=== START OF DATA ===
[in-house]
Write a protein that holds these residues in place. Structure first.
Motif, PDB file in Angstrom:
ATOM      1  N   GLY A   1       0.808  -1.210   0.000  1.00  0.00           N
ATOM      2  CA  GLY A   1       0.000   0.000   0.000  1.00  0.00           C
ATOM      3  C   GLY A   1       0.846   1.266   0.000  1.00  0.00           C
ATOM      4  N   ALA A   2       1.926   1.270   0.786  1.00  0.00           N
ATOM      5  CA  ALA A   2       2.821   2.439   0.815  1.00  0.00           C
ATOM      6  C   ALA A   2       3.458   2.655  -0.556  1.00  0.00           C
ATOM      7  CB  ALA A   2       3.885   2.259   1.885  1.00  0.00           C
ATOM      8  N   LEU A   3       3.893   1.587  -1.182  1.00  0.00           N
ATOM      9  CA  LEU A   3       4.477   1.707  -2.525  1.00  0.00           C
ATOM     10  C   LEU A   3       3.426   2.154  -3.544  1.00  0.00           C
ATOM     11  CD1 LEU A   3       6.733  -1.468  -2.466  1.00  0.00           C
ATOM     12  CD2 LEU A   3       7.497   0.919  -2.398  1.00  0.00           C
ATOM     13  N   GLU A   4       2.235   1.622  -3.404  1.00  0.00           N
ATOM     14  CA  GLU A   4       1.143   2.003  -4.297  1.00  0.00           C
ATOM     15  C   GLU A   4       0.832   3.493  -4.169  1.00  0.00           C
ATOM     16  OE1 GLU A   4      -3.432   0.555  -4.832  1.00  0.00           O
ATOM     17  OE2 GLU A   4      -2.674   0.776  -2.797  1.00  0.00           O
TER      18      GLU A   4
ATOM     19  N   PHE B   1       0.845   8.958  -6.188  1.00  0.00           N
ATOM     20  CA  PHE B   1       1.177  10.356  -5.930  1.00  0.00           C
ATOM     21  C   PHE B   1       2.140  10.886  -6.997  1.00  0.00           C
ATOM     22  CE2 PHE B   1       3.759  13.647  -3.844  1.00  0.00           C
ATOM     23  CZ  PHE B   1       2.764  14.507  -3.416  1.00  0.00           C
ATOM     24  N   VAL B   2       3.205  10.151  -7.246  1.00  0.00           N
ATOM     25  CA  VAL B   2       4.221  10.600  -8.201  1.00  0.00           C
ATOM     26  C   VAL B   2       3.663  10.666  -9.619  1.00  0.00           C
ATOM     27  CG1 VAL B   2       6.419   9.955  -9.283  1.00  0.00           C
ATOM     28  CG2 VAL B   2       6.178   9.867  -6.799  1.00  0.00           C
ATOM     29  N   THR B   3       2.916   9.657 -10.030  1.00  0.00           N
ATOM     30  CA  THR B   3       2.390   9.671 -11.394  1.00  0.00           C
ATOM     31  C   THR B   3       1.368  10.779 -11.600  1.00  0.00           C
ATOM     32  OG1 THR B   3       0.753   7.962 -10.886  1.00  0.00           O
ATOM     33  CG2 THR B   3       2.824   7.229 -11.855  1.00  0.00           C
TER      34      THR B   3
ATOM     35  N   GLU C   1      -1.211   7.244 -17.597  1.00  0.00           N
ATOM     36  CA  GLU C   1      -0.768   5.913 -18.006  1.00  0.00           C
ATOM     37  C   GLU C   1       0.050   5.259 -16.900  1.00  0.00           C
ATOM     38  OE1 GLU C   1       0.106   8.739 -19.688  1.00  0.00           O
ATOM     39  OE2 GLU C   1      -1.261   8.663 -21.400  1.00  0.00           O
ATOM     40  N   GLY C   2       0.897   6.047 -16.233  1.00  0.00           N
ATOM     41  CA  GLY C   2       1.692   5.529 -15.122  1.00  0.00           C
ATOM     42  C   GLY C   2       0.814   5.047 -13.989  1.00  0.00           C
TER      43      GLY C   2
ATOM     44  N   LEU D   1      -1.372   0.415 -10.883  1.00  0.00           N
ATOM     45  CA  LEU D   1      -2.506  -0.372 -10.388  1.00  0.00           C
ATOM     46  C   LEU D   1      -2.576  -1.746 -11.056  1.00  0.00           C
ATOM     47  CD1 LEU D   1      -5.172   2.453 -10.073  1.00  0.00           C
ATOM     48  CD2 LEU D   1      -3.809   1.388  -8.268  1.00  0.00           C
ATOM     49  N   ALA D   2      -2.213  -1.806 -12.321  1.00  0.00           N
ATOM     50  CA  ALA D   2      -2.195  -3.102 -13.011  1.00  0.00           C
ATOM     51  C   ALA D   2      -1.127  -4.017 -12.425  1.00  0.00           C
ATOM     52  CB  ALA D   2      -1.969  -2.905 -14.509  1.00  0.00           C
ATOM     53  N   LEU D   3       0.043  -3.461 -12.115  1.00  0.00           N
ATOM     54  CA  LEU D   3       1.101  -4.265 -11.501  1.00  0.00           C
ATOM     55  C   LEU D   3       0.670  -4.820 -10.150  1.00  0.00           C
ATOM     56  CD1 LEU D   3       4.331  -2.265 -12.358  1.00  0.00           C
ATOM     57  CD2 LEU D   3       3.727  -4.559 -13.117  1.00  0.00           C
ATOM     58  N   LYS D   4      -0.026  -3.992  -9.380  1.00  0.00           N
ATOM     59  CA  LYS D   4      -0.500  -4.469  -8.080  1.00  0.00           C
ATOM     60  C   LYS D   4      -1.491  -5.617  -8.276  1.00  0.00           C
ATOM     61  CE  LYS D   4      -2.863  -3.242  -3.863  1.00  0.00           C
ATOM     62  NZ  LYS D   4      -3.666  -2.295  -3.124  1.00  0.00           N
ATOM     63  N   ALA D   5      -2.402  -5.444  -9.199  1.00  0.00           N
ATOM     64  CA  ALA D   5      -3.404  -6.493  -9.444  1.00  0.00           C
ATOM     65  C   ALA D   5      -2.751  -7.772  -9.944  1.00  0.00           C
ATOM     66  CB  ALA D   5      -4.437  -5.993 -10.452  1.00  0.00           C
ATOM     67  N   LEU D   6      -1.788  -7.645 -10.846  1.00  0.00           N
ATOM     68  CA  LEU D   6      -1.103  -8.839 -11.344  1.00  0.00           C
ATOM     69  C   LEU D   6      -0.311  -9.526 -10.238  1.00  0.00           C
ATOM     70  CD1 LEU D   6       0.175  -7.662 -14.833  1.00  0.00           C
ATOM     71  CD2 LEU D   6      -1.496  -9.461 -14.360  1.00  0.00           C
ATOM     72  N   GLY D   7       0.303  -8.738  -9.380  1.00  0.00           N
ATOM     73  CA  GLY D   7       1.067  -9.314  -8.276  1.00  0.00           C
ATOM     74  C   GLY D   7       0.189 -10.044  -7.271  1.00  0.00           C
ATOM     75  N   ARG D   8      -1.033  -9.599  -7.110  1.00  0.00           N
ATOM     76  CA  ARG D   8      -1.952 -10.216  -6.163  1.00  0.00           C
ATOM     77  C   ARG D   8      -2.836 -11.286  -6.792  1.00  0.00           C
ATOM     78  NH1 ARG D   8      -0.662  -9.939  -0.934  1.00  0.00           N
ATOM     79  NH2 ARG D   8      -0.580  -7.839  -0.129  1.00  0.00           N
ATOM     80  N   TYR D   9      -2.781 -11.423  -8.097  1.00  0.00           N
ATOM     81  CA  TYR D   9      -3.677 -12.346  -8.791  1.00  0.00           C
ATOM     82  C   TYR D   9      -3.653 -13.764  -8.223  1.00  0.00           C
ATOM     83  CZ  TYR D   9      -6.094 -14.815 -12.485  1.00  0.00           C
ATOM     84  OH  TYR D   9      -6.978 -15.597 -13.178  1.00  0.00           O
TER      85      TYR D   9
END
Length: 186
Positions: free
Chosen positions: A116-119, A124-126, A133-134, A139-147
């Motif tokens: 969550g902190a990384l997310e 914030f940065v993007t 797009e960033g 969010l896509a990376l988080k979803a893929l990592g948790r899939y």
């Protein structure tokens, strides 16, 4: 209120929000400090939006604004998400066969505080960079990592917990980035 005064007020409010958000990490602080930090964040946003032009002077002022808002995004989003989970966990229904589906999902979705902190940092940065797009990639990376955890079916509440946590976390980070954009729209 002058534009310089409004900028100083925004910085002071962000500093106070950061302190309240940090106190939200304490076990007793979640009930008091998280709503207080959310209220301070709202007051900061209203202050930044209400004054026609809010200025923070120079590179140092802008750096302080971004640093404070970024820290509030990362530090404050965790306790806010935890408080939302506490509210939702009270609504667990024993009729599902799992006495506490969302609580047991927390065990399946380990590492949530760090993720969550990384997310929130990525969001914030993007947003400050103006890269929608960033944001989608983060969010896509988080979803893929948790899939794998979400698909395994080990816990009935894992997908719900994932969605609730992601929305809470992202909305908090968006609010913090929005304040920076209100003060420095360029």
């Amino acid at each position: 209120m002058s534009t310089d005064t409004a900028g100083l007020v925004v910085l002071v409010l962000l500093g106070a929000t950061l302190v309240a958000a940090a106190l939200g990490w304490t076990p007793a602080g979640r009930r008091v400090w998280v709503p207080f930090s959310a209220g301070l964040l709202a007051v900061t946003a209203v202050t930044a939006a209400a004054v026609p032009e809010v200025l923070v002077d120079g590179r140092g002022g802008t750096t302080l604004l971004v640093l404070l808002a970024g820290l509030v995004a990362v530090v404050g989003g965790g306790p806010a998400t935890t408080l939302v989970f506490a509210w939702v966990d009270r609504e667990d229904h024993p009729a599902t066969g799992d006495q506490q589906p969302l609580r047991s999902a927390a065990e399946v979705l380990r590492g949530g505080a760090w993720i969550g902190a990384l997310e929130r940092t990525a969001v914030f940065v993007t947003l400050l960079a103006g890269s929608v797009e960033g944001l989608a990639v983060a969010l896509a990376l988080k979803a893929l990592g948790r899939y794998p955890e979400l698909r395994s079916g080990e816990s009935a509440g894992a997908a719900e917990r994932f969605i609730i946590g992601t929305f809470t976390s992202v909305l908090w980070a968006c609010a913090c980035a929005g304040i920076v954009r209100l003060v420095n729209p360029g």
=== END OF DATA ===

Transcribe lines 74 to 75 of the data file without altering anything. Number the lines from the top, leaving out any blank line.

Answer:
ATOM     71  CD2 LEU D   6      -1.496  -9.461 -14.360  1.00  0.00           C
ATOM     72  N   GLY D   7       0.303  -8.738  -9.380  1.00  0.00           N